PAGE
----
Many strategies incorporate multi-timeframe analysis in their decision making process. Consider the example of a moving average cross strategy. The most basic version says to buy when a fast moving average crosses above a slow moving average. Multi-timeframe analysis involves jumping to a chart of a longer period to consider the setup there, as well.
The 20 period SMA (fast) crosses above the 50 period SMA (slow) on the M15 chart.
Now jump to the H1 chart. Is the fast SMA greater than the slow SMA on that chart, too? If so, then the trade is allowed. If not, the EA skips the signal and waits for another one.
The technique has the potential to work if your strategy offers some type of statistical advantage. Moving averages sometimes work when applied using a trader’s discretion of general market volatility. If you leave an MA cross strategy on a chart unattended, however, my expectation is that you would have no better chance than trading at random. Adding another layer of analysis will not change the fact that the basic premise offers no advantage.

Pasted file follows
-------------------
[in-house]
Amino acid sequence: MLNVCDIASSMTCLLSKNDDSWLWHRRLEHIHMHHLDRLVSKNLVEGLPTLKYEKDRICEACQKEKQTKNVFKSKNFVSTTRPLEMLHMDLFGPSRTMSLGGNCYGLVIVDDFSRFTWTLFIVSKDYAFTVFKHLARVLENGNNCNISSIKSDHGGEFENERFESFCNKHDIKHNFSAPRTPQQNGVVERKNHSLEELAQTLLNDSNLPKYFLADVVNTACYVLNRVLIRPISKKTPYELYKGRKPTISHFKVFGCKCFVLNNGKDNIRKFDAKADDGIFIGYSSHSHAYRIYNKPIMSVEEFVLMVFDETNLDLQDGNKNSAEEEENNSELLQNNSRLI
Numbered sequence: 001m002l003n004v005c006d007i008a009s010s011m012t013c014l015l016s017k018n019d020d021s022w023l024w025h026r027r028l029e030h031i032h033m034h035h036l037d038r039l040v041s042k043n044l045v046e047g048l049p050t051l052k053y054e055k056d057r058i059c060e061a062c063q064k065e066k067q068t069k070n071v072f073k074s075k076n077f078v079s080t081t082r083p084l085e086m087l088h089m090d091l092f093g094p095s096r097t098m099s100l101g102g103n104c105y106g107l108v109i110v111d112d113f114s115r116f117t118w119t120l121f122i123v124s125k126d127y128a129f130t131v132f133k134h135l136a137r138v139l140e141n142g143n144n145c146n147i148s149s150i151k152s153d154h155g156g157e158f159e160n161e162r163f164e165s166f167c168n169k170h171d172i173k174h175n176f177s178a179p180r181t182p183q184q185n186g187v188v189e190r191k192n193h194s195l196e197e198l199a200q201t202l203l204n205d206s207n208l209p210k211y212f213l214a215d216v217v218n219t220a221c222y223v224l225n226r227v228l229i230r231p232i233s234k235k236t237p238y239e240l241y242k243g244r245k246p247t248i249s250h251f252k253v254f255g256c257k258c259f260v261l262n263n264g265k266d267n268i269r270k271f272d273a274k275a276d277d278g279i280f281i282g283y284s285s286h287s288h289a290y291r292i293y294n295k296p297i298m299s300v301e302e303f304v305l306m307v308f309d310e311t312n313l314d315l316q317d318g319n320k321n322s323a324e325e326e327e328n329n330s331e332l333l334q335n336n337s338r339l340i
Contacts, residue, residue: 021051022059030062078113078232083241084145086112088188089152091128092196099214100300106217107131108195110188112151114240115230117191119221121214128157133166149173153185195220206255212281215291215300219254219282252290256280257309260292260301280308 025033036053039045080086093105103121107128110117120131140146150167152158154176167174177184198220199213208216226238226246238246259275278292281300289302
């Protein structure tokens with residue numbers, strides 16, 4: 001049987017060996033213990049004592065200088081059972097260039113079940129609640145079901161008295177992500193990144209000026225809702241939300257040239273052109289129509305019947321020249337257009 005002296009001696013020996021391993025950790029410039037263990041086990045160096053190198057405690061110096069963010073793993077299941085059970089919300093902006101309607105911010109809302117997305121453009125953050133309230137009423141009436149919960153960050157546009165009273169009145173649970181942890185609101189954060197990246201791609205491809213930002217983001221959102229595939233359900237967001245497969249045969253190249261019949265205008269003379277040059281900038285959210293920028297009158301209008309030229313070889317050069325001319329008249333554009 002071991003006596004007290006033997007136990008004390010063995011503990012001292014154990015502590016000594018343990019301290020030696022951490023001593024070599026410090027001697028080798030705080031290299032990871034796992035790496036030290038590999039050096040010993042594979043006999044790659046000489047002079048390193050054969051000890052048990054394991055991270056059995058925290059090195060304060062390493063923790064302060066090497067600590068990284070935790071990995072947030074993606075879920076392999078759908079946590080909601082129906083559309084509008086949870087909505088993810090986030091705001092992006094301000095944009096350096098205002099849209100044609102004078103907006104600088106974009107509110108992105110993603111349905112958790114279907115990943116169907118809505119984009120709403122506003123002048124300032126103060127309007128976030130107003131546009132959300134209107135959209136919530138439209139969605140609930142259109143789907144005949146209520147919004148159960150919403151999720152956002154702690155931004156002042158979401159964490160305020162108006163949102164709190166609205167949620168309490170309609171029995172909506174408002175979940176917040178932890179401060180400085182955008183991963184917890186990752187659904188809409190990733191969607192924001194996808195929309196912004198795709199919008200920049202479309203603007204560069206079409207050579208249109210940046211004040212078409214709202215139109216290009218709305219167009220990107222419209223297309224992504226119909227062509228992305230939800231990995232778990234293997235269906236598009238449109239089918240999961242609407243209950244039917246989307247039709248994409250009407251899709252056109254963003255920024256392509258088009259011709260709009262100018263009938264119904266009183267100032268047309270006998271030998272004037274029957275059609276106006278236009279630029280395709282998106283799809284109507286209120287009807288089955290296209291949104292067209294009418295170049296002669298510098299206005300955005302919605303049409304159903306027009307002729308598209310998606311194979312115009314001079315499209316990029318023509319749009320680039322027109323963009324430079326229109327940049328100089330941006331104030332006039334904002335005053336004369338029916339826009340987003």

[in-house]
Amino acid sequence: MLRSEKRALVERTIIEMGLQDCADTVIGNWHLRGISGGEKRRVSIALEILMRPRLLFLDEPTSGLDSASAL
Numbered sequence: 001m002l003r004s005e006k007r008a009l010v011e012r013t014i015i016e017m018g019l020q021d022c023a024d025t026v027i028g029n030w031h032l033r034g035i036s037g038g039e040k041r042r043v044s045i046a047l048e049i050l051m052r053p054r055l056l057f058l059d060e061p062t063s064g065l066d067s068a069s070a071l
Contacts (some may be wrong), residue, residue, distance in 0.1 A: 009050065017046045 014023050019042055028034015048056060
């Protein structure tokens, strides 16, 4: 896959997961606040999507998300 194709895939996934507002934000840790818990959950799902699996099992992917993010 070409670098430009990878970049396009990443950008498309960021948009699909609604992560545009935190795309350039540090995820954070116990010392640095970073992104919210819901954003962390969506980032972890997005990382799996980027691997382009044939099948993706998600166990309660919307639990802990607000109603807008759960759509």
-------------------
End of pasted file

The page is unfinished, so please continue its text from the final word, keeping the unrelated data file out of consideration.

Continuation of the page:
MetaTrader does not restrict Expert Advisors to reading information from the applied chart. When you program an EA to trade on EURGBP M5 chart, you may also read price information from the EURGBP M1, EURGBP H1 or any other chart available. You can even read information on multiple pairs.
Some traders like to watch correlated forex pairs and currencies. EUR/USD and USD/CHF typically share a -90% correlation. When EURUSD goes up, USDCHF typically goes down. Exceptions do occur, and those traders tend to look for exceptions on the expectation of them ironing themselves out. Expert Advisors make this fairly simple to handle. You just program the question, “What’s the last closed price of EUR/USD M5 and USD/CHF M5?” The code gives you the answer, then the EA can make decisions with it.